In this week's case, which was discovered on an Alabama ranch, record-keeping was so poor that inspectors could not immediately determine where the diseased animal was born or raised. Inspectors did not even know the animal's age and were forced to examine its teeth to make a guess (about 10 years old, the FDA estimates). Investigators are also unsure where that cow, which was euthanized and buried after it fell sick, may have fed. This is crucial because the disease is believed to be spread in cattle feed carrying infected brain, bone or spinal tissue from other cows. Any cow that ate from the same troughs could be sick, too. According to research by New York biologist Michael Hansen, it takes less than a milligram of infected material to contract the disease. "This is a critical example of our failure to have an animal ID system," warns Jean Halloran, director of food safety at the Consumer' s Union. "We were moving toward this sytem but the USDA backed off." In 2004 the USDA proposed a mandatory national animal tagging and tracking system that would make tracing the origins and whereabouts of any cow easy, but the effort has foundered. The biggest obstacle isn't rounding up the 95 million cattle in the U.S.; it's rounding up the cattle producers. There are about 800,000 cattlemen scattered across the 50 states, and many resent tagging as an expensive and unnecessary government intrusion. Expensive is right; the cost currently runs about $100 per head. Under pressure from cattlemen, the USDA agreed to make tagging voluntary. Currently, only about 10% of the herd is traceable through the USDA's tracking system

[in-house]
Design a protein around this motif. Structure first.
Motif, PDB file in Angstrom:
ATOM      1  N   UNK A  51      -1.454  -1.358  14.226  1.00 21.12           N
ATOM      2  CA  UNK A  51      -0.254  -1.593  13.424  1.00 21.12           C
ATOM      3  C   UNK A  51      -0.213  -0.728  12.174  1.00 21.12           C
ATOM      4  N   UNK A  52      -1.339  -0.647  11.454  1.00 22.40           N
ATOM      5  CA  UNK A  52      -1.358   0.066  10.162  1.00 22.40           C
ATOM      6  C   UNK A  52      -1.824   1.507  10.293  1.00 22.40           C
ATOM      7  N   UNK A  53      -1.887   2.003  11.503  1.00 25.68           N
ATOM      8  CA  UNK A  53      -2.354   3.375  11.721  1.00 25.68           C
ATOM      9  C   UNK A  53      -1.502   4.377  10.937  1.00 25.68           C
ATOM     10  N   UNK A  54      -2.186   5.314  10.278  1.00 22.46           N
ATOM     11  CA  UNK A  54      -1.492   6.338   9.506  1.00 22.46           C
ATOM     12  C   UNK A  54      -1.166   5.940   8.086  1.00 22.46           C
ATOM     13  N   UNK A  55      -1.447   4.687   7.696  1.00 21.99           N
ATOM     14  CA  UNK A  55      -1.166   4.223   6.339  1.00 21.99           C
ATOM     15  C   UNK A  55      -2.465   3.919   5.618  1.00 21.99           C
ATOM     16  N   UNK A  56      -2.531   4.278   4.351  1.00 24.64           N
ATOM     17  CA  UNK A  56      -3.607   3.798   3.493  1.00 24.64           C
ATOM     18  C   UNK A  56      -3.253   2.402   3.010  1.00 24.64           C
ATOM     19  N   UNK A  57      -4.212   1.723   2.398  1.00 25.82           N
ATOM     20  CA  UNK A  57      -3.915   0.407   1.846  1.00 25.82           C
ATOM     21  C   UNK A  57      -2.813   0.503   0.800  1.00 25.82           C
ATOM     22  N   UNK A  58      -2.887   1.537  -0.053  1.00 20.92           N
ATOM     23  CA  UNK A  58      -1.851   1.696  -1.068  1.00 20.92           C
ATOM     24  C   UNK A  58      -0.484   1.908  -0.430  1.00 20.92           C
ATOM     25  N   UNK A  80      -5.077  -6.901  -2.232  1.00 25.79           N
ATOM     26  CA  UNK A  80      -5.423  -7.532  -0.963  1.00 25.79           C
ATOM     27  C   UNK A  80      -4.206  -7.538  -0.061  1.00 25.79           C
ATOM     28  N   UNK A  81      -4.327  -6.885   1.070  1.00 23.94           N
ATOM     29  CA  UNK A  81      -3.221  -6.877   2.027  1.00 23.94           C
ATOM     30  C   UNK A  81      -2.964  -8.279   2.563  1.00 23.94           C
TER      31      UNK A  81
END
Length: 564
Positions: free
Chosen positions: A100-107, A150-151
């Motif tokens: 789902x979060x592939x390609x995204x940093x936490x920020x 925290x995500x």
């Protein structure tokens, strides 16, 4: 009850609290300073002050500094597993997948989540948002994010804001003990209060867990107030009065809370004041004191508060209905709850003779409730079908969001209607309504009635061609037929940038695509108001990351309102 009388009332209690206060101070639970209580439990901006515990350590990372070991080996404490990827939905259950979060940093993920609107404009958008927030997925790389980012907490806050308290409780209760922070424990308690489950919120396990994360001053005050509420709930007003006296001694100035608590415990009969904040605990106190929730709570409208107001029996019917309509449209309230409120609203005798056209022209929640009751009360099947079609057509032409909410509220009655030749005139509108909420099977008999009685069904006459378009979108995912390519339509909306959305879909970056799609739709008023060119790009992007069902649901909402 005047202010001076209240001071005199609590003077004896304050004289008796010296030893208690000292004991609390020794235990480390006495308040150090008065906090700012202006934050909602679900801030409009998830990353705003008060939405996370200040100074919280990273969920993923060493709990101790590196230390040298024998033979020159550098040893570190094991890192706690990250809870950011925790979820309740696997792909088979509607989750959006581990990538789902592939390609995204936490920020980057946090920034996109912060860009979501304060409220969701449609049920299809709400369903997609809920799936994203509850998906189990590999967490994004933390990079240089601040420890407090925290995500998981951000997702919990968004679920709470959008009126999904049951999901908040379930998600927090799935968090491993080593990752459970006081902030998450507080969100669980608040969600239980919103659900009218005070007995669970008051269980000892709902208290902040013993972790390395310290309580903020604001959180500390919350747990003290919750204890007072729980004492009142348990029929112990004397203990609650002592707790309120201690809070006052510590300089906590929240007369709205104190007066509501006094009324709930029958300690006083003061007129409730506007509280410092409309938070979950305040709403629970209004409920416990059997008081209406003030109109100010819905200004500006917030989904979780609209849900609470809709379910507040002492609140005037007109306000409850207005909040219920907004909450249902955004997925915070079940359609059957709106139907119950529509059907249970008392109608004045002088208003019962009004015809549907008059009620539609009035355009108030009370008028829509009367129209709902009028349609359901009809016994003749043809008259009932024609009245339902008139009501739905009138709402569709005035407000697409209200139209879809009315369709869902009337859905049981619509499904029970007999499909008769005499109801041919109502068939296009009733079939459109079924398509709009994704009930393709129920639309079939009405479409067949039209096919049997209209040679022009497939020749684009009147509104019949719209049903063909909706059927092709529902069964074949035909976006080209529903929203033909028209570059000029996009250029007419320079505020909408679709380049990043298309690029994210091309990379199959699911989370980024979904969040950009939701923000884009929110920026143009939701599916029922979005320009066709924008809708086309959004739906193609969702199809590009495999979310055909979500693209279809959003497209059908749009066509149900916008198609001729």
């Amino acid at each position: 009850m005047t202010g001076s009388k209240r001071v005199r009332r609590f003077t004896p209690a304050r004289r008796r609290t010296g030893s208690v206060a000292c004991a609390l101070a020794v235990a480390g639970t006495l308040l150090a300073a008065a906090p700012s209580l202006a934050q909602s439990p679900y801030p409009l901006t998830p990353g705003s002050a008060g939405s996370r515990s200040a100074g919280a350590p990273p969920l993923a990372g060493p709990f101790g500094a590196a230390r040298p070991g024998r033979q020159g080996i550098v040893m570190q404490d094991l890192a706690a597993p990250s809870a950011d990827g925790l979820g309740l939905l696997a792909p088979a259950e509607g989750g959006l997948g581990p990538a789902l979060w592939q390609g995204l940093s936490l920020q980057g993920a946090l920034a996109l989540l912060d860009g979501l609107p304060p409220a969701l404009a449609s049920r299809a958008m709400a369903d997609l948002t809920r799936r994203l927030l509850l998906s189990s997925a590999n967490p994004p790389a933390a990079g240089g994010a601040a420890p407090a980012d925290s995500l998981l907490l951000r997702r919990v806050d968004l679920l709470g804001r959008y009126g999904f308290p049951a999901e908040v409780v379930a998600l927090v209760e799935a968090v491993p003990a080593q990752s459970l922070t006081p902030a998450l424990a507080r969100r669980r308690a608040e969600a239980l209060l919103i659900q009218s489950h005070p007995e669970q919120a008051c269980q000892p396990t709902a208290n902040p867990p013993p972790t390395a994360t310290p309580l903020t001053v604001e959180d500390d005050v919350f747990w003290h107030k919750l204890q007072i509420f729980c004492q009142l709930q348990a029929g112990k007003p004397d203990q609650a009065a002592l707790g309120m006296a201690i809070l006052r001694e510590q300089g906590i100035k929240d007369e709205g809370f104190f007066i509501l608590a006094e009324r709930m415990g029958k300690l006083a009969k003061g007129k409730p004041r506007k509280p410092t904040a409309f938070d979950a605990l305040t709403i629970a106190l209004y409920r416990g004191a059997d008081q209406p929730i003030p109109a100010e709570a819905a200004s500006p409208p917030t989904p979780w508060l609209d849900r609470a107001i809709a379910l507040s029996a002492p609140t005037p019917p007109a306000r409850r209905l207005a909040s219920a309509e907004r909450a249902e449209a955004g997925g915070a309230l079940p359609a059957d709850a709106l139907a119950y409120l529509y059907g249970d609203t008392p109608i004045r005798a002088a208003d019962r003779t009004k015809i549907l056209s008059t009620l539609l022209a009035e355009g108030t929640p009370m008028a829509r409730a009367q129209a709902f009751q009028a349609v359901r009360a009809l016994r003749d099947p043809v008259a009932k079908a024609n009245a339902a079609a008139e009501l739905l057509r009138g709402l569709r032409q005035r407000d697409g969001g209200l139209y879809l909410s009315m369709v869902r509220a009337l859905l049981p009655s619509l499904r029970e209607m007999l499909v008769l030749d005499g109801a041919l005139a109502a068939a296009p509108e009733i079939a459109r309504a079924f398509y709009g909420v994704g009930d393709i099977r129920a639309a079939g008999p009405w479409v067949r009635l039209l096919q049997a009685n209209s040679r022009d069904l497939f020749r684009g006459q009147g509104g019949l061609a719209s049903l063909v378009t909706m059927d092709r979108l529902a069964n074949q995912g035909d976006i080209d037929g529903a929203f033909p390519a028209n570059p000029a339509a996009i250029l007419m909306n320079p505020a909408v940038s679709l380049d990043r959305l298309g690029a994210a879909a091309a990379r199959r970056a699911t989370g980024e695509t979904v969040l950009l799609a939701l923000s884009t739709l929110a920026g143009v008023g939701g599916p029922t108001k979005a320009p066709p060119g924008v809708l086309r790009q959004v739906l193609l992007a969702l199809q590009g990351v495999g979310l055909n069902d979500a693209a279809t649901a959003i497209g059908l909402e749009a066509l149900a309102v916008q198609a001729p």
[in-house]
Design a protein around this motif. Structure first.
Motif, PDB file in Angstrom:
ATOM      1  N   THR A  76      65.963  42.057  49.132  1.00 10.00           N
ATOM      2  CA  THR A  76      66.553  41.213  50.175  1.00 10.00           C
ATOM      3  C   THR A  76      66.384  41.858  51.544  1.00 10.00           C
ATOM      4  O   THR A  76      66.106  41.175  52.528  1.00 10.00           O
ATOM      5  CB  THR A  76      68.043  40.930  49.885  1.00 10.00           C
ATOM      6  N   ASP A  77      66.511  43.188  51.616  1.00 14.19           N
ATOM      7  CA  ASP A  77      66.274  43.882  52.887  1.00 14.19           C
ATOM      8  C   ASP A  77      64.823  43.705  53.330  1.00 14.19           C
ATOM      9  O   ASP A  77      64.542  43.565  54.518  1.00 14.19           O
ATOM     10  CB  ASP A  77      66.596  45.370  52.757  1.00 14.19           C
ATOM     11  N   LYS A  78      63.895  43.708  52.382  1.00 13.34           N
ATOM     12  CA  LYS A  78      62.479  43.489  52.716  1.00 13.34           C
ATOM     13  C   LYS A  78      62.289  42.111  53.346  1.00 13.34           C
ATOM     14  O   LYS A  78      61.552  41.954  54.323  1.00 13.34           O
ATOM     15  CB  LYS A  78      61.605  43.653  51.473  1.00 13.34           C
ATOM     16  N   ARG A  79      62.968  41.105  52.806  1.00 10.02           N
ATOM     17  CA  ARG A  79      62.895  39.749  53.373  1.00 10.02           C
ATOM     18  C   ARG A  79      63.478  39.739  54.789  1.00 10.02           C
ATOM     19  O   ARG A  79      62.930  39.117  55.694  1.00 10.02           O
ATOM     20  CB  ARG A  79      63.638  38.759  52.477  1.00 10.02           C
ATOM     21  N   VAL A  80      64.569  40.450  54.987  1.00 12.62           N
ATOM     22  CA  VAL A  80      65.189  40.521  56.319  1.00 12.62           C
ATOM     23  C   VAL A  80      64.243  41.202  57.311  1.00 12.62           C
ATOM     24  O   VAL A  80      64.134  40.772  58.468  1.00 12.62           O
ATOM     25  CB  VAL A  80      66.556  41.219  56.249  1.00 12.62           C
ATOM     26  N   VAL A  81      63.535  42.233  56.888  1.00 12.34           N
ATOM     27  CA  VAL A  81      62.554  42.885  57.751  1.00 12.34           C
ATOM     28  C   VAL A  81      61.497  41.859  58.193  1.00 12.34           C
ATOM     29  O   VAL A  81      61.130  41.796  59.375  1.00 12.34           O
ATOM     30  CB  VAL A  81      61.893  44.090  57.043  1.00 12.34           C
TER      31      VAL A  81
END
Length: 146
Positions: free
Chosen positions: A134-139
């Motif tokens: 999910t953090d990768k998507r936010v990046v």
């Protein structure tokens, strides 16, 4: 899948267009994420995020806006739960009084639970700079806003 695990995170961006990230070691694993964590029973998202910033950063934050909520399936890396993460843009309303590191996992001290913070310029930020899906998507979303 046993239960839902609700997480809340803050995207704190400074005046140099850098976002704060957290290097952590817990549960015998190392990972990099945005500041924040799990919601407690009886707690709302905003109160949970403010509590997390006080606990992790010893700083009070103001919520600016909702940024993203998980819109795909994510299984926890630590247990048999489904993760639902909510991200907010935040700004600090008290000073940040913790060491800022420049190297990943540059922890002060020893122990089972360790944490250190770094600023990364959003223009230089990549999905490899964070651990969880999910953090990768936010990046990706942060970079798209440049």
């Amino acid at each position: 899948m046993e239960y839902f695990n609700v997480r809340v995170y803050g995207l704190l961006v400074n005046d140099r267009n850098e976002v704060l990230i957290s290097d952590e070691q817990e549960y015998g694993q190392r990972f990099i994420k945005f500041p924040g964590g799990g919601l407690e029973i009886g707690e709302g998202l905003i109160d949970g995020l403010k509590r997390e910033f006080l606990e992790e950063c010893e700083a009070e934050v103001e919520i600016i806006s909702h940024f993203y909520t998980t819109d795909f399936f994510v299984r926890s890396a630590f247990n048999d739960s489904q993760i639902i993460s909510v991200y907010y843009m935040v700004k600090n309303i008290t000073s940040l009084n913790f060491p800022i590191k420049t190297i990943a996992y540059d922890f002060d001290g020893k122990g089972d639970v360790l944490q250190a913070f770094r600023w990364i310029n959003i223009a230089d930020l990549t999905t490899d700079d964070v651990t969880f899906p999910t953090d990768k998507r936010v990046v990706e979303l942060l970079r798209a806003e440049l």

Three cases is far from an epidemic, and there has yet to be a reported human case of the illness in the U.S., but steak and hamburger lovers worried about mad cow disease may not take comfort in the USDA's response to the Alabama case. At a press conference Monday, department chief veterinarian John Clifford announced that the USDA will go ahead with previously announced plans to scale down its mad cow testing program. "The incidence of BSE [Bovine Spongiform Encephalopathyin] this country remains extremely low and our interlocking safeguards are working to protect both human and animal health, and we remain very confident in the safety of U.S. beef," said Clifford. But Consumer Union's Halloran says increased testing is needed and describes the USDA policy as "don't look, don't find." Currently, the U.S. tests about 1% of its cattle for mad cow disease. Japan tests nearly 100% and the European Union tests all cattle over 30 months old.